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Austin , TX

Abilene Through Shattered Glass

Abilene Through Shattered Glass

Abilene's a nice place, but I'm pushing this poor city to its limits into what looks like a six or seven day visit. The original plan was to meet friends here for my birthday (saving them the trip to El Paso, a courtesy I didn't extend to my girlfriend Marie) and then head west again. Unfortunately, I had a traffic accident on I-20 that could only be described as “country”: a water trough flew off a truck's trailer that was rumbling in front of me, resulting in temporary blindness – or rather, a 360 degree view of blue plastic – and a smashed windshield. Though the farmer from Sylvester, Texas whose trough momentarily got away from him was nice enough, I winced a little when I saw him strap the thing back in with that same loosey-goosey knot. I think they were close to home, at least.


So I'm in Abilene with the van all screwed up and a long weekend ahead of me. After an enjoyable evening at the local watering hole The Firehouse, I was primed for what I hoped was a weekend full of nice surprises – however, I did go back to that same bar three nights in a row. In a town this size, you find something you like and you kind of stick to it. My second night started out with my friend and I enjoying “calf fries” at said bar (that's code for BOVINE TESTICALES) and then decided to check out the Play Faire golf course based on a friend's recommendation.


Apparently this mini-golf course [“Established in 1947, Play Faire Park, the Family Fun Center and Miniature Golf Course, is one of the oldest, continuously operated miniature golf courses in Texas] is where a number of local bands perform, and my friend and I stood in the heat and putted through windmills and through the moving obstacles of hyperactive children as the Dave Hobbs Band performed covers that sounded both wanky and somehow small (the result of running through Lynyrd Skynyrd songs as a trio, I guess). After getting over the strange sensation of playing through a rock show, we hit up what was left of the bar scene, and were chased out of a bar called Strawberry's by a very loud duo (acoustic guitar and bongos).


We began the next day by catching a performance of the musical The Drowsy Chaperone at the Paramount Theater, a revamped, historic venue in the center of town. A 1998 production, this (relatively) newer musical number was interpreted by a surprising mix of locals – some of whom were students or simply amateurs to the stage. This production had a vibrancy, passion, and looseness that translated into a very surprising, very excellent experience. The audience was quiet in all the right parts and exuberant in turn, while the cast impressed us with their range (dancing, singing, comedy, pathos, etc.). Upon leaving the theater in the warm light of the mid-afternoon I asked aloud if the show was really as good as I imagined – the chorus from my friends was that it certainly was.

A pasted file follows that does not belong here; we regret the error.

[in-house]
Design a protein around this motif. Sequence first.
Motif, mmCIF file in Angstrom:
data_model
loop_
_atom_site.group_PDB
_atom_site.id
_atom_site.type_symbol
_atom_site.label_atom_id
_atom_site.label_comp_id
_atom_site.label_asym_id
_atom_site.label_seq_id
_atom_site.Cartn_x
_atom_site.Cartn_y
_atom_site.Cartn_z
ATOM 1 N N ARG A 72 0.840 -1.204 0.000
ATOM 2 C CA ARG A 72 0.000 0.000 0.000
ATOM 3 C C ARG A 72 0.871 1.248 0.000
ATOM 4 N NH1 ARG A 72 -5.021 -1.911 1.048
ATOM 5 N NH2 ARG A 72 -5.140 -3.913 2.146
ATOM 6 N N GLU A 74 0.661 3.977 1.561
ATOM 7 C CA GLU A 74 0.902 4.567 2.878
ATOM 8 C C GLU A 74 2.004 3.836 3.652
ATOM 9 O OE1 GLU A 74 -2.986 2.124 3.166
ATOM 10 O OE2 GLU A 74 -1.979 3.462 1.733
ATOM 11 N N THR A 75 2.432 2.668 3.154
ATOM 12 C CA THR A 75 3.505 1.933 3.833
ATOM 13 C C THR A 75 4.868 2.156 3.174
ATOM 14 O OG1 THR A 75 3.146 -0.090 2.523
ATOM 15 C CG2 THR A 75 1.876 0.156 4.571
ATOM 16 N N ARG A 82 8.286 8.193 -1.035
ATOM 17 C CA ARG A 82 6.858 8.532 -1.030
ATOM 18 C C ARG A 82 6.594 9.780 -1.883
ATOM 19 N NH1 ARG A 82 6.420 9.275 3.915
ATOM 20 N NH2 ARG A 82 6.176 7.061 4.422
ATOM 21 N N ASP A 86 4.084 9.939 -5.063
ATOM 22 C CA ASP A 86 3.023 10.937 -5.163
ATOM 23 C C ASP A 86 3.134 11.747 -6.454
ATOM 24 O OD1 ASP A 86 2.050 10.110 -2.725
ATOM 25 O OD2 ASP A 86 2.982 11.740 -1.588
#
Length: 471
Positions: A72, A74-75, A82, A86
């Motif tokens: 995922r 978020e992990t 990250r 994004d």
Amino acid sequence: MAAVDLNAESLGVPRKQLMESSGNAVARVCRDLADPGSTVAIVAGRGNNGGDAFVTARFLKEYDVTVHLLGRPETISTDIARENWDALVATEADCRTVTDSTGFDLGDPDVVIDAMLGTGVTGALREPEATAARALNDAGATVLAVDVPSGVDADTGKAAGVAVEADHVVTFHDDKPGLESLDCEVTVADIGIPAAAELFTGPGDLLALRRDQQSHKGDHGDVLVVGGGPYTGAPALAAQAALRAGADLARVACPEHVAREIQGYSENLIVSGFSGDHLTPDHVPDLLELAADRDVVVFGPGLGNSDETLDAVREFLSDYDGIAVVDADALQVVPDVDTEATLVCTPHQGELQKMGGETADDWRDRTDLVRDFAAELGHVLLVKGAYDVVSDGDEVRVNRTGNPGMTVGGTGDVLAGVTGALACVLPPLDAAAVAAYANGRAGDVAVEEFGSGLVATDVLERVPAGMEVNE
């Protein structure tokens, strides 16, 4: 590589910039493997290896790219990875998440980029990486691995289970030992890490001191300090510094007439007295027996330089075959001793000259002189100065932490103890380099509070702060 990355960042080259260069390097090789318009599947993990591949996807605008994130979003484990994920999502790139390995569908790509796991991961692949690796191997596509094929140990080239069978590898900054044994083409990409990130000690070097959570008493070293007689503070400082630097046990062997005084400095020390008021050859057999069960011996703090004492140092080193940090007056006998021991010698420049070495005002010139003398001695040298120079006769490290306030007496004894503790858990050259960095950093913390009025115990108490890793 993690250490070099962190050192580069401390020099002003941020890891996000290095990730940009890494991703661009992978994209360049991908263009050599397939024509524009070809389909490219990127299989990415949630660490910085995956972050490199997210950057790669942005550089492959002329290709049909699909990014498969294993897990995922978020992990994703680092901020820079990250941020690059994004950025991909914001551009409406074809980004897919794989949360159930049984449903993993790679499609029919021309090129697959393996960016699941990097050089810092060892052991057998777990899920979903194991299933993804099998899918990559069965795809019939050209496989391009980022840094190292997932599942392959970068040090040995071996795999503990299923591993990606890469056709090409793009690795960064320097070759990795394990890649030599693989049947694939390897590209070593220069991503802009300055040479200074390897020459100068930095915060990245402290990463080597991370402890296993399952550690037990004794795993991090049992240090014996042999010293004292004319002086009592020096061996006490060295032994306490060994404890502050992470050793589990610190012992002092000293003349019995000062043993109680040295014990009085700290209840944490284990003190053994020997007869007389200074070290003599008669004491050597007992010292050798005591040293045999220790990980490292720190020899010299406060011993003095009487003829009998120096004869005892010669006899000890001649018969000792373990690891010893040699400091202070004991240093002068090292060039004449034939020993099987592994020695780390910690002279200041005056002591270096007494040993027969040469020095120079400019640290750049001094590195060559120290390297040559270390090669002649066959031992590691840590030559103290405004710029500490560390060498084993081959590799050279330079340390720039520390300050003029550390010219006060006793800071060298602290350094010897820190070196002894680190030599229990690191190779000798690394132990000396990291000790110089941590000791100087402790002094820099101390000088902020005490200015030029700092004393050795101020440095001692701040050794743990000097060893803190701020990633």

Again that night to the Firehouse after watching a bout featuring the Abilene rollerderby team stomp their opponents from San Angelo. The supposed afterparty had few rollergirls but did feature the the band Santa Fe, who were soaring through the last night of a weekend residency. Notable details: lead guitarist with a music note-decorated strap, lead singer who would occasionally leave the stage and wirelessly jam out with audience members (not us), the second performance of “Sweet Home Alabama” in as many days (what state IS THIS?) and, finally, a rollicking cover of John Anderson's “Seminole Wind” that somehow segued into part of “Freebird.” Phew!

Last on my list to report was a Sunday night “show” at the Abilene Seafood Tavern, where, “[a]fter the dining hour, we let loose and ROCK with the finest live entertainment in the Abilene area.” In theory, anyway. We caught the beginning of their Sunday night show, which was something akin to a closed open-mic night. Local cowboy Jackie Johnson started the set, and was briefly saddled with a drummer as rhythmically challenged as a Sugarland bat mitzvah party attempting the Electric Slide.

Fortunately said drummer soon disappeared, letting us better appreciate Johnson's songs about, you know, bein' a cowboy and lovin' a woman and mesquite trees and whatnot. It struck me as well-paved territory but at least it was unpretentious – in the way a Sunday night show in a smallish town at a seafood restaurant has to be.


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